It begins, as so many love stories do, with an all-consuming infatuation. The year is 2006, and Michael Cohen, a forty-year-old New York City personal-injury lawyer and real-estate investor who made his fortune in the shadowy taxi-medallion market, is summoned to meet with Donald Trump, the prominent American developer and star of the NBC reality show “The Apprentice,” on the twenty-sixth floor of Trump’s gilded tower on Fifth Avenue. Trump, who had apparently been told by his eldest son, Don, Jr., of Cohen’s reputation as a can-do fixer, needs help cowing a rogue board of directors at one of his residential properties Although an owner of units in Trump-branded properties and a longtime fan of “The Art of the Deal,” Cohen had previously met Trump only in passing. At their first face-to-face appointment, however, he finds himself irresistibly drawn to the hulking businessman, who is, by turns, complimentary and tough-talking. “Donald Trump’s seduction began the way it would continue for years, with flattery, proximity to celebrity and power, and my own out-of-control ambitions and desires,” Cohen writes in “Disloyal,” a memoir of his chaotic, more-than-decade-long tenure as Trump’s personal attorney. For Cohen, Trump’s presence is “irresistible, intoxicating, thrilling,” and his unembarrassed will to dominate everyone around him renders Cohen “incredulous, excited, overwhelmed.” As Cohen watches Trump bullying his building’s board at a meeting, a few days later, he becomes determined to match the great man’s aggression. He later thunders at the board members himself—“All eyes were on me, but the only pair that I really cared about was Trump’s,” he writes. When he’s done with his speech, Cohen gives a copy of it to the businessman, with the words “Here, Mr. Trump, now you will remember me forever.”
As any student of foreshadowing could tell you, such early bliss can only end in disaster. The romance between Trump and Cohen came to its unfortunate conclusion in 2018, when the once-faithful attorney pleaded guilty on eight criminal counts, including campaign-finance violations linked to hush money that he paid to the porn actress Stephanie Clifford, known professionally as Stormy Daniels, Trump’s alleged onetime lover. Cohen later testified before Congress, implicating Trump in the plot. The lawyer means the book to be a personal mea culpa, as well as a broader warning: he wants America to realize the kind of thuggish man it’s up against before it’s too late, cautioning that Trump will likely not leave office peacefully. But this professed greater-good reasoning is not what truly animates “Disloyal.” The book is written with all the heat of a spurned former lover, and much of its energy comes from the kind of disbelief, pain, and longing experienced by the wronged heroine of a bodice ripper, who is calamitously drawn into the arms of a heartless rogue, badly used, and tossed aside. The book traffics in several other genres, too: it’s the story of Trump as a Jim Jones-like figure, attracting sycophantic acolytes with his mesmeric charisma; it’s an office yarn, recounting the intrigues among a group of coworkers jockeying for influence under the watchful eye of a mercurial boss; and it’s a tale of criminal initiation, à la Scorsese’s “Goodfellas,” in which an apprentice is drawn in by Trump’s mob-boss ways, and finds himself in over his head.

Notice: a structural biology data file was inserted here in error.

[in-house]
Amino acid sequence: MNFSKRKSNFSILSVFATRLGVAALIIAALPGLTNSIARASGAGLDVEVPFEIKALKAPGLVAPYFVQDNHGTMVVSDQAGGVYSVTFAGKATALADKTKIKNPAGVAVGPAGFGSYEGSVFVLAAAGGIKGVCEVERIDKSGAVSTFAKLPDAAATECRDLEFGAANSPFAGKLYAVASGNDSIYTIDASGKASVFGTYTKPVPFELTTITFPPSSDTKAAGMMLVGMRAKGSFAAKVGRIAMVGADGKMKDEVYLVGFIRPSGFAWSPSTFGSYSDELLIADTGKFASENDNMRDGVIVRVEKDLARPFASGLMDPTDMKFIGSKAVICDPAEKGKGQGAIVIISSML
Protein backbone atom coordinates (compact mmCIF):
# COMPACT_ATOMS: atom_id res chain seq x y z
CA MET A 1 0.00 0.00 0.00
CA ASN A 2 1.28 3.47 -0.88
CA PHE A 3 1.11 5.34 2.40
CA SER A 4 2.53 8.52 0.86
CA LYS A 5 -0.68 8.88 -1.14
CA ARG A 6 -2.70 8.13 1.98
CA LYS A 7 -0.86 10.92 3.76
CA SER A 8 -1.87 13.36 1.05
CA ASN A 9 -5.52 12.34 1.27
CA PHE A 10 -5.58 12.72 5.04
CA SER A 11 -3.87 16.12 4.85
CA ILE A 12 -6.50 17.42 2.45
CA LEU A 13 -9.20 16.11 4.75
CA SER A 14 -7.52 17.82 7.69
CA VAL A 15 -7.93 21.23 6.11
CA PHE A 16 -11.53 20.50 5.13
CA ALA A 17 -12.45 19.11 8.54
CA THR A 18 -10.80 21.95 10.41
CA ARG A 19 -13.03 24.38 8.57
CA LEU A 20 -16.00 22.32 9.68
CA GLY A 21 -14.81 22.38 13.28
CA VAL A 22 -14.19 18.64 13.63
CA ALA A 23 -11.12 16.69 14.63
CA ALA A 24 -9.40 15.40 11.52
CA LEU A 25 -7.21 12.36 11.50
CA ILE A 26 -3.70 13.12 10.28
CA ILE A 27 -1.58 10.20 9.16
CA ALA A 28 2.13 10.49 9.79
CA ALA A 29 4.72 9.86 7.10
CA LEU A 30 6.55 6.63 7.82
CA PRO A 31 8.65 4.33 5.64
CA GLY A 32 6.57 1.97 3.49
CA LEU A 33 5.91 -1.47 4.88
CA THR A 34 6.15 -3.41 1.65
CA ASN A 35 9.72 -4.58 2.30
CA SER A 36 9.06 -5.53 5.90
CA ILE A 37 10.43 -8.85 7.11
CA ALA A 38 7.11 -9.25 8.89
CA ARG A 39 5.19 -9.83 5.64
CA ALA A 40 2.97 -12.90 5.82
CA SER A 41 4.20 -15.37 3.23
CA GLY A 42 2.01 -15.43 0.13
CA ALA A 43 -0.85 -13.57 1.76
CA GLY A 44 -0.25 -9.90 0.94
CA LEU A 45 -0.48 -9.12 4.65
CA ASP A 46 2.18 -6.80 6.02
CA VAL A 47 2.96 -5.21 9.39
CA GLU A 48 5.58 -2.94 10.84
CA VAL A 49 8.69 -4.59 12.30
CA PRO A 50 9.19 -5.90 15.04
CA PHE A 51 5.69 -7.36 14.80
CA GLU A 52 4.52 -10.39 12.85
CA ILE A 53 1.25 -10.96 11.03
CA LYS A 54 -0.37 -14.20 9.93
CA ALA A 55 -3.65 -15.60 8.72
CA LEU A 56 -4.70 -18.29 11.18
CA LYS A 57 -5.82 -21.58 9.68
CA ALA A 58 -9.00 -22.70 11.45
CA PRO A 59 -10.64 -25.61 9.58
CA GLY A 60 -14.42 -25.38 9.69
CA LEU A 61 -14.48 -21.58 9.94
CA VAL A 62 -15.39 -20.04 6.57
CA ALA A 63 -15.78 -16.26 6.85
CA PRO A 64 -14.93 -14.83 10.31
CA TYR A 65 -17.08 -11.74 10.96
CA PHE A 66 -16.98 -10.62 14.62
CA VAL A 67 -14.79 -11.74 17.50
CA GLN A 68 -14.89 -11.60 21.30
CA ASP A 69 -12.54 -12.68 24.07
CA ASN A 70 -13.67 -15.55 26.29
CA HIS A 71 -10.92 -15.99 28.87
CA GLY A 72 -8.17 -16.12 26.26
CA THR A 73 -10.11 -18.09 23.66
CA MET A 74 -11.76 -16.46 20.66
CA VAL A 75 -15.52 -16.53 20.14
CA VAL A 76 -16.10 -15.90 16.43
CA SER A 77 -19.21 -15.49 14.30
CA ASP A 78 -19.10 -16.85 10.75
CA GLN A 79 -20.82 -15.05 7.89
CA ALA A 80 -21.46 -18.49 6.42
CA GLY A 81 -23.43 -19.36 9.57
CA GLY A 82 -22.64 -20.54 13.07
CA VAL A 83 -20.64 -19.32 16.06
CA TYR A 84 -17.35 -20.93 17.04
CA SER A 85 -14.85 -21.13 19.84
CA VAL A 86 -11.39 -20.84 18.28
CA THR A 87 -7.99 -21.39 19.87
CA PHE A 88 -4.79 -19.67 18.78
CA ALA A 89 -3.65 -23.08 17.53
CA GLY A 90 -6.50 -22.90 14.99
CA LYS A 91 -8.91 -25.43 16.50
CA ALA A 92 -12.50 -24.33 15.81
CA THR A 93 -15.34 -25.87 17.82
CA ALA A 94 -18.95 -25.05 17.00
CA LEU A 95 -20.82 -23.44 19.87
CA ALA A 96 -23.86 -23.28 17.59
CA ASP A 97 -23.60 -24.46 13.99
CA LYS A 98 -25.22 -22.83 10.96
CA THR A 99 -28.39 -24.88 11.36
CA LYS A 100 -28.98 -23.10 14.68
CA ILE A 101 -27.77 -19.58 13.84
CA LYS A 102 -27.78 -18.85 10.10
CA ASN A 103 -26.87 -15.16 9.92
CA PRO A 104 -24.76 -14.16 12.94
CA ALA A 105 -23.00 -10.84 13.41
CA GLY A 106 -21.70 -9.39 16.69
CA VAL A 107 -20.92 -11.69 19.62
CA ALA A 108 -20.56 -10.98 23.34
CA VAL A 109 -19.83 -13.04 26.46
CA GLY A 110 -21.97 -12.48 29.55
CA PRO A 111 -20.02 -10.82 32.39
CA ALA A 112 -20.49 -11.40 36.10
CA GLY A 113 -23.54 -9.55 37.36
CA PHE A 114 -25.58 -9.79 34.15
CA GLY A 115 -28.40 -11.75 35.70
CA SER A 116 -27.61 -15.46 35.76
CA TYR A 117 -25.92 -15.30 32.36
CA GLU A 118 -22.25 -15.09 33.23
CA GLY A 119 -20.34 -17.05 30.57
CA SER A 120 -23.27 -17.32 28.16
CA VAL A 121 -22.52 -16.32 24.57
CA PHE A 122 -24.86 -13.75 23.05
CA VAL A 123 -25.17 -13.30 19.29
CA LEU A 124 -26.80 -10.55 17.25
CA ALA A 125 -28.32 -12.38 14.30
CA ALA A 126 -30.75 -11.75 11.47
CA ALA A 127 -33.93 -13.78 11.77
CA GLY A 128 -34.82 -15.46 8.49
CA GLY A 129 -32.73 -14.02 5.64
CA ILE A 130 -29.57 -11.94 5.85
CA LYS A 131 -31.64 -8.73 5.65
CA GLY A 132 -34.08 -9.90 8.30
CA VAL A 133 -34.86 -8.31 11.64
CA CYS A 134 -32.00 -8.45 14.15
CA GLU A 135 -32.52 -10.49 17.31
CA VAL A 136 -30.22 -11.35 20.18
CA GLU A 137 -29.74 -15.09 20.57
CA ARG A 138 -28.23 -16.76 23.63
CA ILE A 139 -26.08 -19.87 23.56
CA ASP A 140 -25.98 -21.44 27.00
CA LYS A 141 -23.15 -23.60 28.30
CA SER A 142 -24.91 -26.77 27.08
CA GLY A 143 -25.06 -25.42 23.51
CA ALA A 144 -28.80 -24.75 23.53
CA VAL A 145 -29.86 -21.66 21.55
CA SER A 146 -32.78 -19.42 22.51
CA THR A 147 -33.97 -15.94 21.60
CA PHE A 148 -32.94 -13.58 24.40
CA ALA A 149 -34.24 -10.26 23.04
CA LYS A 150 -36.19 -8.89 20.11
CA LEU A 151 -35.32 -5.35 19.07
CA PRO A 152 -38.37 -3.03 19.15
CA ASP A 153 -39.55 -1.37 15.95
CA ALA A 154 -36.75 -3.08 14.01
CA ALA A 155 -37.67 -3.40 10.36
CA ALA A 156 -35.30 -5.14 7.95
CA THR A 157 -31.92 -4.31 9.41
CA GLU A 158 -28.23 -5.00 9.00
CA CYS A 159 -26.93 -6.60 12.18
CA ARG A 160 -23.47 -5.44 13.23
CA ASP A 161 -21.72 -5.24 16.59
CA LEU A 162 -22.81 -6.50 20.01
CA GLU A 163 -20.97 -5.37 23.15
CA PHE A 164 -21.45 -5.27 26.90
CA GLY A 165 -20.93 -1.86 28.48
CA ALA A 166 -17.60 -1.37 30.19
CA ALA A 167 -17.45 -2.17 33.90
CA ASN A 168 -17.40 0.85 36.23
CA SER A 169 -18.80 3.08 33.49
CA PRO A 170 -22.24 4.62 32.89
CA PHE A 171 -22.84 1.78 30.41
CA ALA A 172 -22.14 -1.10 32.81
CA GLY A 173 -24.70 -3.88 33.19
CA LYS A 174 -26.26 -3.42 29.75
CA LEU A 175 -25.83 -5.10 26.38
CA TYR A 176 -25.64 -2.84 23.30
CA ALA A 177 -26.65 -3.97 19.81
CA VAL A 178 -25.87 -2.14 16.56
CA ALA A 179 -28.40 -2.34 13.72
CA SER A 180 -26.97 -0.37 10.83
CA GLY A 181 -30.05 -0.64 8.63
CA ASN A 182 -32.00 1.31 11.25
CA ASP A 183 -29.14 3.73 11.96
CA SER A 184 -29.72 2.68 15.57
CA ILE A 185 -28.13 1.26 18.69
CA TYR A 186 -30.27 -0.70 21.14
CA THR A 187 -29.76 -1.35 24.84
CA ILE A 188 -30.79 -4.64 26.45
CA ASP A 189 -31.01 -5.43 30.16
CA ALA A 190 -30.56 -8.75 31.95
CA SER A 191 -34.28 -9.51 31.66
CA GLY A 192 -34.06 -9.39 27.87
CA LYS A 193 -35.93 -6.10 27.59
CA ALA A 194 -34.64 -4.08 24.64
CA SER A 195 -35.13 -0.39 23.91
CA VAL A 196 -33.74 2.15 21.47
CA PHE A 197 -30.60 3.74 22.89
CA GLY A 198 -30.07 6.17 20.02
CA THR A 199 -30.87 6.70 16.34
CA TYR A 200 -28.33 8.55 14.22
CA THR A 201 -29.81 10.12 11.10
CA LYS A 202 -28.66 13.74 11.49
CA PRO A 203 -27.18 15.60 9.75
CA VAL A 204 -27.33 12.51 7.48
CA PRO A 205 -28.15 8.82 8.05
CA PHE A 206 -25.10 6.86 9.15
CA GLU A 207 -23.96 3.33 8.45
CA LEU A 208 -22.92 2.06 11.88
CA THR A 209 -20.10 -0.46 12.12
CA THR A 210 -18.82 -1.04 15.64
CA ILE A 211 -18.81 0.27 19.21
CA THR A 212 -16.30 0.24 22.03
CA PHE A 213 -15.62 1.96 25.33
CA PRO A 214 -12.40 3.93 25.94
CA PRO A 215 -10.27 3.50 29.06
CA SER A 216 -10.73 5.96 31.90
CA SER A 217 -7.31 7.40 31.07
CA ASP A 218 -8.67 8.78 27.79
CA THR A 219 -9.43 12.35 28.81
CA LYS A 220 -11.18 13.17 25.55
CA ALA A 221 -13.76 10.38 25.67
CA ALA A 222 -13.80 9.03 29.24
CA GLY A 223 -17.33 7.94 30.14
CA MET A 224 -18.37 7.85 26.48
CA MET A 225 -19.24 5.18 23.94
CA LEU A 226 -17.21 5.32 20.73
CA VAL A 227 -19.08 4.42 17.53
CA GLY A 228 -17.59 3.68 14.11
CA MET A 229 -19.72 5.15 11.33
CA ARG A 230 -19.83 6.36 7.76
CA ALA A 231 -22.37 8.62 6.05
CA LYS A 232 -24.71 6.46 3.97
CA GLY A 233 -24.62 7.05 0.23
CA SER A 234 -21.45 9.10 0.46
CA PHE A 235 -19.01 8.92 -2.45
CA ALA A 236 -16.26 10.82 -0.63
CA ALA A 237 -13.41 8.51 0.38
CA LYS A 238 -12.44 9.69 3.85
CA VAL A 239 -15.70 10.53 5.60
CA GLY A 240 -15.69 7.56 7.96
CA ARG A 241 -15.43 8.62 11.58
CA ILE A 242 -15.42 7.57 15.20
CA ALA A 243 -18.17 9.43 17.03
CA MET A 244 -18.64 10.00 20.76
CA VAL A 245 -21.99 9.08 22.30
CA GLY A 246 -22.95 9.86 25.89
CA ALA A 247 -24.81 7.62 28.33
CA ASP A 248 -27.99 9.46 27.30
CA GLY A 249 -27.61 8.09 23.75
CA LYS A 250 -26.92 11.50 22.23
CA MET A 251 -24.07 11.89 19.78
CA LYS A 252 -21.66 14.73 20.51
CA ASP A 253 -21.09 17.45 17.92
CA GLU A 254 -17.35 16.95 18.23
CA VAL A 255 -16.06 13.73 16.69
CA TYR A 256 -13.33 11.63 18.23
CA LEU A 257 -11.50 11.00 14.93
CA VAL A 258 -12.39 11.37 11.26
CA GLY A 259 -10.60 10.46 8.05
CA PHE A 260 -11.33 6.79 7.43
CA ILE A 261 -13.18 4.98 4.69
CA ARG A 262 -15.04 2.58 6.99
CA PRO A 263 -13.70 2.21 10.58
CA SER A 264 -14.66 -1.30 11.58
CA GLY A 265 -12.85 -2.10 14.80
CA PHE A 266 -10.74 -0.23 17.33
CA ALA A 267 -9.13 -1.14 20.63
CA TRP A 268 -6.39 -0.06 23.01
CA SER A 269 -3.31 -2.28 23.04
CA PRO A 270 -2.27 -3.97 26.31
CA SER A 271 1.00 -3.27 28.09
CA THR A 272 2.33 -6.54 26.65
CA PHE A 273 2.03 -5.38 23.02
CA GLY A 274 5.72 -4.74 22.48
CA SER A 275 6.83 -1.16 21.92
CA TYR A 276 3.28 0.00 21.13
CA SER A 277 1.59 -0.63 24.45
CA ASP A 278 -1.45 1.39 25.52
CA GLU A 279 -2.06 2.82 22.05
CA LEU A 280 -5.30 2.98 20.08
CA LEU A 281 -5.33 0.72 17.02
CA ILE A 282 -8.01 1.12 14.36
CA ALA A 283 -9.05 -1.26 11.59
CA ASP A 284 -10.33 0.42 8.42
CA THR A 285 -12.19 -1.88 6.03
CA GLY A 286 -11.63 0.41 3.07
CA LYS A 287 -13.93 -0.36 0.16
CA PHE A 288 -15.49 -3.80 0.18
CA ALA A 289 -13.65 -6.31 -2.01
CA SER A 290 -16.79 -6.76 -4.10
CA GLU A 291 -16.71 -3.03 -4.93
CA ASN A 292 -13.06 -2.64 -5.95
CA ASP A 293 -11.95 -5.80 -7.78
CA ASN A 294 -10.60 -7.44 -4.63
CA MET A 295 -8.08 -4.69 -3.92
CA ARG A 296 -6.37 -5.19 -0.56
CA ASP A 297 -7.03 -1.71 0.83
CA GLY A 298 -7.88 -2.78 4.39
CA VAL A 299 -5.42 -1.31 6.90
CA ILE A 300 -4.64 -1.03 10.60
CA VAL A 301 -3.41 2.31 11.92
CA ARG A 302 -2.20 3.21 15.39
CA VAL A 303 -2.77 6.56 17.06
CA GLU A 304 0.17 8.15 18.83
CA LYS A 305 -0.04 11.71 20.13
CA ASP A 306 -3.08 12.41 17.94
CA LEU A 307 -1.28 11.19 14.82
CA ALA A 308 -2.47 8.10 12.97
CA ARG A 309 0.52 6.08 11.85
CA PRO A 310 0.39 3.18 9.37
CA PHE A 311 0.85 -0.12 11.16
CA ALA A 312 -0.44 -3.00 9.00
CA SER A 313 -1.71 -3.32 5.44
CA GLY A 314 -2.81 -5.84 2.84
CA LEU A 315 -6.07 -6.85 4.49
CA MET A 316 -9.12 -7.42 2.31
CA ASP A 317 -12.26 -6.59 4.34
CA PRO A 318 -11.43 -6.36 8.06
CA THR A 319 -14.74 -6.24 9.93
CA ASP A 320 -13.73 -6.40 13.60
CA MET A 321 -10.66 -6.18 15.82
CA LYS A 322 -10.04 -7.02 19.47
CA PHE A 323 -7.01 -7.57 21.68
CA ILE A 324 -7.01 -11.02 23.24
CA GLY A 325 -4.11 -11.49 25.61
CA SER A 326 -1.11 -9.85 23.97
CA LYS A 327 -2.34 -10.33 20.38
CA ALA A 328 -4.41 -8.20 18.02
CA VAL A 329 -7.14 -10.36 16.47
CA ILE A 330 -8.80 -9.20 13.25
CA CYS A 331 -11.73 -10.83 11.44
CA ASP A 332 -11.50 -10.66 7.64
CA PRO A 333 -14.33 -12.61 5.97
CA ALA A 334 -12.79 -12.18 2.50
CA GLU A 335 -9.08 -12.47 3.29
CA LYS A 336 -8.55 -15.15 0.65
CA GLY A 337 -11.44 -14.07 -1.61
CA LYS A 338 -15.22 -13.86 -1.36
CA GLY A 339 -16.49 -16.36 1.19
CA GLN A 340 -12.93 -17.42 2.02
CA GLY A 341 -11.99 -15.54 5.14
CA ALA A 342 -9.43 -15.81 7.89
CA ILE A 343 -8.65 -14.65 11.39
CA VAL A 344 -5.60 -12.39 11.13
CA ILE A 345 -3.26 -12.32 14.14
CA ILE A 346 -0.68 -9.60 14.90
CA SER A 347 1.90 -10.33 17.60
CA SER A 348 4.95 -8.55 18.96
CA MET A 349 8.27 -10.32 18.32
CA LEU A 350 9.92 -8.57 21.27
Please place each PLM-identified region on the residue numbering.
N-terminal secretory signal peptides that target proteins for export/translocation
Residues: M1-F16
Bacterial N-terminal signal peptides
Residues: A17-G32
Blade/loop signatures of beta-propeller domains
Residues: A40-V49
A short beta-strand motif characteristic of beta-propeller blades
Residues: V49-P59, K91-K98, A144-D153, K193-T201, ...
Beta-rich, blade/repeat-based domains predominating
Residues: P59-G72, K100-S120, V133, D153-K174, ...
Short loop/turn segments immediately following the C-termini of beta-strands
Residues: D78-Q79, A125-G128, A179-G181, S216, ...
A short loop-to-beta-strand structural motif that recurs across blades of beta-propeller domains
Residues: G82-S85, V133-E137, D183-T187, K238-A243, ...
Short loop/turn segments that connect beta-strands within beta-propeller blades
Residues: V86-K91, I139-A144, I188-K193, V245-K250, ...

This makes for a pretty enjoyable mix, which is surprising, since “Disloyal” is not exactly a good book. It is awkwardly written, riddled with clichés, and often repetitive. (“I had taken leave of my senses,” Cohen writes several times, as an explanation for the many wrongs he committed as Trump’s right-hand man.) What the book does do well, however, is give a granular sense of the chaos that is life in the Trump vortex. In July, Mary Trump, a clinical psychologist and the President’s estranged niece, published “Too Much and Never Enough,” a book that purported to give readers an insider’s look at the goings-on within the Trump family, and to explain how the relationship dynamics therein helped form “the world’s most dangerous man.” But there was something thin and abstract about the book, which suffered from a dearth of close-at-hand reporting. One got the sense that the Trump family spent little time together, and that meaningful engagement was rare. In a way, this indirectly proved the book’s point: that Trump likely became the entitled, lawless individual that he is due to his family’s cruelty and distance.